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Re: Equivalence only in one direction



This message responds to three people (Stephane, Roozbeh, and Martin)
and three threads, but the subject line reflects the topic of the entire
message.

Stephane Bortzmeyer <bortzmeyer@xxxxxx> wrote:

> This is a special case of a more general issue, which is not clearly
> stated in the current draft: equivalence goes from the Left Hand Side
> to the Right Hand Side but not the reverse.

Roozbeh Pournader <roozbeh@xxxxxxxxxx> wrote:

> I was talking about variants that are shared between two different labels
> (that are not variants of each other), which *will* happen in zones, since
> we can't define the equivalence tables to be 'equivalence classes' (in
> mathematical terms).

Now that we're finally starting to understand each other, I'd like to
request that everyone please stop using the word "equivalence" to refer
to relations that are not equivalence relations.  It's confusing.  I
jumped to the conclusion that my approach and Paul's approach were
essentially the same, merely described differently, because Paul's
draft uses the word "equivalent" for the variant relation.  Now I (and
Martin) are starting to see that the two approaches may be fundamentally
different afterall.

An equivalence relation is a relation that is reflexive (X is equivalent
to itself), symmetric (if X is equivalent to Y, then Y is equivalent to
X) and transitive (if X is equivalent to Y, and Y is equivalent to Z,
then X is equivalent to Z).

In the quotations above, Stephane wants to talk about relations that
are not symmetric.  Roozbeh wants to talk about relations that are
not transitive.  That's fine, but we all (myself included) need to be
careful to state our assumptions and choose our terms carefully.

Roozbeh Pournader <roozbeh@xxxxxxxxxx> wrote:

> I am talking about two main labels that are not variants of each
> other, but share a variant.
>
> Now, when one registers a label with a U+0649 and someone else goes
> with a U+064A, who will own the U+06CC version?

Very good question, illustrating how much more complex the situation
becomes when the relations are not equivalence relations.  More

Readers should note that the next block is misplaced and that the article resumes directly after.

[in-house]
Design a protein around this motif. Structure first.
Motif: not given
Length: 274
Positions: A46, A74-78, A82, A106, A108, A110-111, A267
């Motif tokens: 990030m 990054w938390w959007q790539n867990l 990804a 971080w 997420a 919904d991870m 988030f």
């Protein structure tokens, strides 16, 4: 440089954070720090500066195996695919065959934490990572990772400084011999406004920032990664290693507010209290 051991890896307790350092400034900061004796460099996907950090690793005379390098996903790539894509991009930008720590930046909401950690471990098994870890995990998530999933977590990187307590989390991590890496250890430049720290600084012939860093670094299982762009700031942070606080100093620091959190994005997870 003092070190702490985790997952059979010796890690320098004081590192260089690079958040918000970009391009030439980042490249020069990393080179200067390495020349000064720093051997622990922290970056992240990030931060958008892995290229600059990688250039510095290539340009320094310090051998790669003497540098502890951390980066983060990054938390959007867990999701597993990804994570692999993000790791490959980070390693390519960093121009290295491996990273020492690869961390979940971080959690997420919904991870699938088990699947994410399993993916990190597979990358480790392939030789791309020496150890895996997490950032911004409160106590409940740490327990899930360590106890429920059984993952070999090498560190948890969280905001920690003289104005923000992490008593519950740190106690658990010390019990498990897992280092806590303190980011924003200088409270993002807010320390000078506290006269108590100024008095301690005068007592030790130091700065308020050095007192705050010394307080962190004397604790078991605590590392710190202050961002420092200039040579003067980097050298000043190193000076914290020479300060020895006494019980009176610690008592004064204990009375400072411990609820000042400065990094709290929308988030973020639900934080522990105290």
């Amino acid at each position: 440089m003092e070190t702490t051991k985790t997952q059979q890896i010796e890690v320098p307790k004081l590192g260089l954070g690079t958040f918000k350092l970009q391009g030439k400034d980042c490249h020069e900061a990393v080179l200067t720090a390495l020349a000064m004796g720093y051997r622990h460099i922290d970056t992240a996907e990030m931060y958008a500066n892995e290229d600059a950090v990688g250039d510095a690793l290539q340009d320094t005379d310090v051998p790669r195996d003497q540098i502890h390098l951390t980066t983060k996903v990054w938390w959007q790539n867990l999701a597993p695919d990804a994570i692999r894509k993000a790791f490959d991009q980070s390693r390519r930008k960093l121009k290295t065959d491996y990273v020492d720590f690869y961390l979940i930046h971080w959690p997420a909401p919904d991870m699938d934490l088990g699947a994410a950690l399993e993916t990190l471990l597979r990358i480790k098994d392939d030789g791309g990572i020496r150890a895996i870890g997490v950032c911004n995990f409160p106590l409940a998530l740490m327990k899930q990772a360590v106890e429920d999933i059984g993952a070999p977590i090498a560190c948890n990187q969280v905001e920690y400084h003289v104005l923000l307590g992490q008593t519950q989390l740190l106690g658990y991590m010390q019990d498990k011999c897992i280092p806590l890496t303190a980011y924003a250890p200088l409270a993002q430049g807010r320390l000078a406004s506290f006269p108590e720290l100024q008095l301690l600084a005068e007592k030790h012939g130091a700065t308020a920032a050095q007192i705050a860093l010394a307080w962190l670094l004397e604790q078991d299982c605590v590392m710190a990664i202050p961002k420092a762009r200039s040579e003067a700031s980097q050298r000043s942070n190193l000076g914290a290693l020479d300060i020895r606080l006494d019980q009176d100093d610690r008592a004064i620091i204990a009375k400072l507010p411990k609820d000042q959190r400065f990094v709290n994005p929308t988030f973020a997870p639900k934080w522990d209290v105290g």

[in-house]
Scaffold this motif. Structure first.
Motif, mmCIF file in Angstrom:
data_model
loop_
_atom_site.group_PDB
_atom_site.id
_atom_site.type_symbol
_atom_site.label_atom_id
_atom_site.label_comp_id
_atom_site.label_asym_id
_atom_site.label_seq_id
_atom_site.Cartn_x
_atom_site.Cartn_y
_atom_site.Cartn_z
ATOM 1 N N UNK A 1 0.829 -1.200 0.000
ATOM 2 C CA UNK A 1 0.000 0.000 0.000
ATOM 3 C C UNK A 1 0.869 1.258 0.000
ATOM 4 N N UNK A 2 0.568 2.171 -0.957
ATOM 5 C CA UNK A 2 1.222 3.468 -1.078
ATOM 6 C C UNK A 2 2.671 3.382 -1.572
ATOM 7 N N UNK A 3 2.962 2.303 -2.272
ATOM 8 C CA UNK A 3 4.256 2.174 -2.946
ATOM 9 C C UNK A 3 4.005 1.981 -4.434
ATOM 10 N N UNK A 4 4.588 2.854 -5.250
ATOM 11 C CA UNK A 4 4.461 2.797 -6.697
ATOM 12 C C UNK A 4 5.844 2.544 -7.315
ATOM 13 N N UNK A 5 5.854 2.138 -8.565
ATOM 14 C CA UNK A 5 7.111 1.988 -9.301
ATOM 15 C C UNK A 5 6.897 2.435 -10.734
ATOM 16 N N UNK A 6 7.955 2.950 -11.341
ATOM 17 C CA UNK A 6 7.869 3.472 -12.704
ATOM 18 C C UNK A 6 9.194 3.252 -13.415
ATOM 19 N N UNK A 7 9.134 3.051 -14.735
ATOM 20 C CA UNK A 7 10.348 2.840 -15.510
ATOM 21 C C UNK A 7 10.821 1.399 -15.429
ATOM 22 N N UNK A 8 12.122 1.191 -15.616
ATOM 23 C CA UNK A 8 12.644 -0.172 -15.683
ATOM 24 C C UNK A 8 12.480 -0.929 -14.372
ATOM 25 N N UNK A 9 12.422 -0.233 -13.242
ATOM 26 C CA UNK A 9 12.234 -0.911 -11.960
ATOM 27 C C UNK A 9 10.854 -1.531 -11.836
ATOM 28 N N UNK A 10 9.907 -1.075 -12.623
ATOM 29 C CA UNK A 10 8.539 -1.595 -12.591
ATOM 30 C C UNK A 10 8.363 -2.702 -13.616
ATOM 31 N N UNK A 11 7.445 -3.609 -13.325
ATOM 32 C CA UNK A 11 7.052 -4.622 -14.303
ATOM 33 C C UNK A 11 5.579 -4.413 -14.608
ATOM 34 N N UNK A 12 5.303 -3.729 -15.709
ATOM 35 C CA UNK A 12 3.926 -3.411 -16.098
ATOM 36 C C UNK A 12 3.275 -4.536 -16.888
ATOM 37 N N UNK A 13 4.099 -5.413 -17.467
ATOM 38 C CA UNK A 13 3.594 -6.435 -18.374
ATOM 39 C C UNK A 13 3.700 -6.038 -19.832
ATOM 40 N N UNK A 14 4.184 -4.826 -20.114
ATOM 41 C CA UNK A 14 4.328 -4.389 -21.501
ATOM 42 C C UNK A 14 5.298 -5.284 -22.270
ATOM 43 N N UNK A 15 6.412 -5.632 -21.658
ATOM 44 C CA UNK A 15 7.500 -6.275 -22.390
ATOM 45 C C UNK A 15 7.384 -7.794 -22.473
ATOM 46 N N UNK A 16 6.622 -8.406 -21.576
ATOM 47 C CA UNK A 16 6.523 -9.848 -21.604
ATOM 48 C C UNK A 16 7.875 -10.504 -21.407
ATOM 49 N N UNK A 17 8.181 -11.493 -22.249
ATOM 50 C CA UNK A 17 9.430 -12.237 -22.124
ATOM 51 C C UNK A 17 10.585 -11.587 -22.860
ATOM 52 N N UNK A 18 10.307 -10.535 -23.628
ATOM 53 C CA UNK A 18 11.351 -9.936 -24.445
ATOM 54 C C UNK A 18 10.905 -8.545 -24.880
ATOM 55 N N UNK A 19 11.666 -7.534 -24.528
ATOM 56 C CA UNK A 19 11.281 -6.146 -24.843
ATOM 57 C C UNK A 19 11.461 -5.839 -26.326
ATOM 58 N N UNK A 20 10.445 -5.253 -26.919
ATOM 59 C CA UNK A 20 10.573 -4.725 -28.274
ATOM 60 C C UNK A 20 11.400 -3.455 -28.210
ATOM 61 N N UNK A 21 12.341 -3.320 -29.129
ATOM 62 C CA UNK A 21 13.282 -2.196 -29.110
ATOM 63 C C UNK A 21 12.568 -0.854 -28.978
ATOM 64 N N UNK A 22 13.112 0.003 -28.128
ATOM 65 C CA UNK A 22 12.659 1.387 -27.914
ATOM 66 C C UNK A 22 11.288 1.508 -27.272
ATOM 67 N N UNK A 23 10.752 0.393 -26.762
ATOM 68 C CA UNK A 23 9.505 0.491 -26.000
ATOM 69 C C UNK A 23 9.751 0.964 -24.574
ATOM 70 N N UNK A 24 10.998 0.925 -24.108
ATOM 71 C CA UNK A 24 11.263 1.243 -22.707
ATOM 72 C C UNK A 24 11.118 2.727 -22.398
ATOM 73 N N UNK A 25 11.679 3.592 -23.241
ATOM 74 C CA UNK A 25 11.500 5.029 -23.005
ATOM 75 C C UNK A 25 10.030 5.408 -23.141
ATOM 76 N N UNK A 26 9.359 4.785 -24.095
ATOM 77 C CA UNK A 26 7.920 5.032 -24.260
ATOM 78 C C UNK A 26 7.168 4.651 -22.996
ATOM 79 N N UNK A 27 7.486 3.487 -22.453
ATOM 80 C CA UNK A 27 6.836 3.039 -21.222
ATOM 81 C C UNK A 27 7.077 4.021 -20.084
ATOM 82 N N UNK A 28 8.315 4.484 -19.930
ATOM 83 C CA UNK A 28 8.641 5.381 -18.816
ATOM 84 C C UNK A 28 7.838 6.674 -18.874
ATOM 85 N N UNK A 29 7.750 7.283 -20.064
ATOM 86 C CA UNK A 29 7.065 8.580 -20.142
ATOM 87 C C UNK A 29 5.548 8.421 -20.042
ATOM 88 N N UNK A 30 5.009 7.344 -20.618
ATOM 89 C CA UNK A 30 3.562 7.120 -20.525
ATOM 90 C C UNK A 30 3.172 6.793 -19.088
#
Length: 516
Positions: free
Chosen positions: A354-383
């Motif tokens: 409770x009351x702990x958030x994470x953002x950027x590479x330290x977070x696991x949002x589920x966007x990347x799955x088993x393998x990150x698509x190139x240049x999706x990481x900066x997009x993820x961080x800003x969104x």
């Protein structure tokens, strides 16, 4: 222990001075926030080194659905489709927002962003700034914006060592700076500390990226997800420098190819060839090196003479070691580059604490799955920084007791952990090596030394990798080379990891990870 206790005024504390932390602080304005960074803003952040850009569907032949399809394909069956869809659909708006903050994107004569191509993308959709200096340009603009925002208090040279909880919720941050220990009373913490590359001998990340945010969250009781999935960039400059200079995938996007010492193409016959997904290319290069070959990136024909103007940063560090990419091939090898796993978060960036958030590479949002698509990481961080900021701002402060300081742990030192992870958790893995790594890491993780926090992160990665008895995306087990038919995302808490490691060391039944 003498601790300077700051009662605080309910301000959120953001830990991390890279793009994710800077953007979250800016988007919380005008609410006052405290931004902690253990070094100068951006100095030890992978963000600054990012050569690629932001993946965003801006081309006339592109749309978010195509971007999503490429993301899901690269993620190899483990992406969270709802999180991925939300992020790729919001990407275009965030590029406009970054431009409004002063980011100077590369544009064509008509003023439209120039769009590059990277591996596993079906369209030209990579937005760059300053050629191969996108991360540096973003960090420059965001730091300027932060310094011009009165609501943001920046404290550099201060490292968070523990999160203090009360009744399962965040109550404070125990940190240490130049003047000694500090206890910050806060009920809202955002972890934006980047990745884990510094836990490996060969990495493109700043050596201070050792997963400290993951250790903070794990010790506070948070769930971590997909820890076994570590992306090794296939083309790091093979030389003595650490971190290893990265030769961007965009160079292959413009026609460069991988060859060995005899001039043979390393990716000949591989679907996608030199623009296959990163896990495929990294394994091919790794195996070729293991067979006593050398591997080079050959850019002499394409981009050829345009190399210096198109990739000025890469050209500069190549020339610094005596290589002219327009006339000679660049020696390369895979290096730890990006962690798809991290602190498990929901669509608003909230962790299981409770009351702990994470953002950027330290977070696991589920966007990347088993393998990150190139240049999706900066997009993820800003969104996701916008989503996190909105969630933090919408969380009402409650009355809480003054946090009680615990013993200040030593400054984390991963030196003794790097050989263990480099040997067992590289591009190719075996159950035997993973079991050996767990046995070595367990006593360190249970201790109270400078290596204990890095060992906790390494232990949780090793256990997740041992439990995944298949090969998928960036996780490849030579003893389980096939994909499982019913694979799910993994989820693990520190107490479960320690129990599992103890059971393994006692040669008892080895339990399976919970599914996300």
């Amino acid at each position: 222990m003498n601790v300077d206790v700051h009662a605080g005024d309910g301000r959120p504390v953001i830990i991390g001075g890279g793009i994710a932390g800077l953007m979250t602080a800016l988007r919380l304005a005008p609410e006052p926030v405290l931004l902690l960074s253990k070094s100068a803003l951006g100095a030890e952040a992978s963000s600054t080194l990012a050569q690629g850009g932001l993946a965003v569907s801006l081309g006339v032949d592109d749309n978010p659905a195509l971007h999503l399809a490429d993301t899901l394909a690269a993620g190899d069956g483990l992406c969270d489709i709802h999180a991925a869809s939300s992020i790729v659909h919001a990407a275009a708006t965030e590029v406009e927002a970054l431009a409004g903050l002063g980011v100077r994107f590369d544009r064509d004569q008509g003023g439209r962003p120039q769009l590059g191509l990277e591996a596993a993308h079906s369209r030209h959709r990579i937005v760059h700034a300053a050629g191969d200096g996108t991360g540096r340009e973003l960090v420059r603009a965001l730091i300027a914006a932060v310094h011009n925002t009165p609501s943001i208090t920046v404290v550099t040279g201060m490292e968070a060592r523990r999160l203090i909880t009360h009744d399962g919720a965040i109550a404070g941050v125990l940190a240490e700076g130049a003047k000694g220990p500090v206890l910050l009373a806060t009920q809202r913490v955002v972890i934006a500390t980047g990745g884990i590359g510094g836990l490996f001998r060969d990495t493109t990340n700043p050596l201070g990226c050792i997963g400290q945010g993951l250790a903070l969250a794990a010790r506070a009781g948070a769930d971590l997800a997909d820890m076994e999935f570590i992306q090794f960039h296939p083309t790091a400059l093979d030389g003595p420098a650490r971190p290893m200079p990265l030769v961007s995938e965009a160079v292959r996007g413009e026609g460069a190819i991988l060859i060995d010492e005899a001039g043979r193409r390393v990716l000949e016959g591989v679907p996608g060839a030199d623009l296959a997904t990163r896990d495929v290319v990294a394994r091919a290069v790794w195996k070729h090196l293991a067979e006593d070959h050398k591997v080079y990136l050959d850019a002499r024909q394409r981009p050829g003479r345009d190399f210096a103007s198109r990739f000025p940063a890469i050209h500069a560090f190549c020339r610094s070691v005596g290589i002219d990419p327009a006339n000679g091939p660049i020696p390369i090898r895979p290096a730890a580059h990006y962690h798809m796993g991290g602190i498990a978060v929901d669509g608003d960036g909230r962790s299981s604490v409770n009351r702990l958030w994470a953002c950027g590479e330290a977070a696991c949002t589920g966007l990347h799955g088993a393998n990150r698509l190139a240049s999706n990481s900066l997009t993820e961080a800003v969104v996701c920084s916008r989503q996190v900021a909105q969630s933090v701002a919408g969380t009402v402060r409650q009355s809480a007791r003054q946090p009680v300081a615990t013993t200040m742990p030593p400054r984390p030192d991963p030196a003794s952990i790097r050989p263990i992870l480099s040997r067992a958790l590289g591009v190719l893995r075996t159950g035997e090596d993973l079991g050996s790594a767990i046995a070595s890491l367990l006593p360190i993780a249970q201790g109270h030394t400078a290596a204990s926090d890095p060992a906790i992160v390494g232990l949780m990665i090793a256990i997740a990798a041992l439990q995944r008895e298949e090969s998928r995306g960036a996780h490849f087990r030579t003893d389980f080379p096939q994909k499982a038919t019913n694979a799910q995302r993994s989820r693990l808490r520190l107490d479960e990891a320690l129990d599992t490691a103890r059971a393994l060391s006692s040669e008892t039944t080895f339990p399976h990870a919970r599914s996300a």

generally, let's consider various orders of registrations.

Let's call these three labels X, Y, and V, where V is the common
variant of X and Y, and X and Y are not variants of each other.

scenario 1:
  User1 asks for V.
  User2 asks for X.
  User1 asks for X.

scenario 2:
  User1 asks for X.
  User1 asks for V.
  User2 asks for Y.

scenario 3 (same as 2 but reordered):
  User1 asks for X.
  User2 asks for Y.
  User1 asks for V.

It's not obvious who should get what in each scenario.

> 1. Required: Always resolving. Example: different digit forms
> (U+0030->U+0660).
>
> 2. Variant: Optionally resolving. The current variant.
>
> 3. Blocking: Reserved forever. Example: Arabic vs Persian Yehs
> (U+0649->U+06CC).

I think I'm starting to understand your vision.  Let's me try to explain
it back to you to check..  The name(s) that the registrant requests
is(are) the center(s) of three nested regions of the namespace.  The
innermost region contains all the labels that are automatically active
and delegated to the registrant.  The next larger region contains
all the labels that the registrant controls (including both the
automatically active labels and the labels that the registrant may
activate at any time with no further collision checking).  The largest
region contains all the names that cannot be delegated to any other
registrant (some of them cannot be delegated to anyone at all).

Presumably it would be okay for the outermost region of one registrant
to overlap the outermost region of another registrant.  But it would not
be okay for the outermost region of one registrant to overlap the middle
region of another registrant.

I have not begun to think about how these regions might be formally
defined.

Martin Duerst <duerst@xxxxxx> wrote:

> I think I agree with Adam that his approach then is easier to
> describe, because it can describe how to map one label to one other
> label, which should make the description a lot simpler.  But of course
> I would like to first see an actual wording from Adam.

Here's one way the groupID function might work:

 1. Apply ToUnicode to the label.
 2. Apply Nameprep to the label.
 3. Initialize an empty string buffer.
 4. While the label is not empty apply a two-column mapping table
    (containing strings in both columns) as follows:
     a. Find the longest prefix match between the label and the first
        column of the table.
     b. If there was no match then remove the first character of the
        label and append it to the buffer, otherwise remove the matching
        prefix from the label and append the corresponding string (from
        the second column of the table) to the buffer.
  5. Apply ToASCII to the buffer.
  6. Apply tolower() to the buffer and return the result.

This serves only to define an equivalence relation.  If we decide we
need some other sort of relation, this sort of function might not be
useful at all.

AMC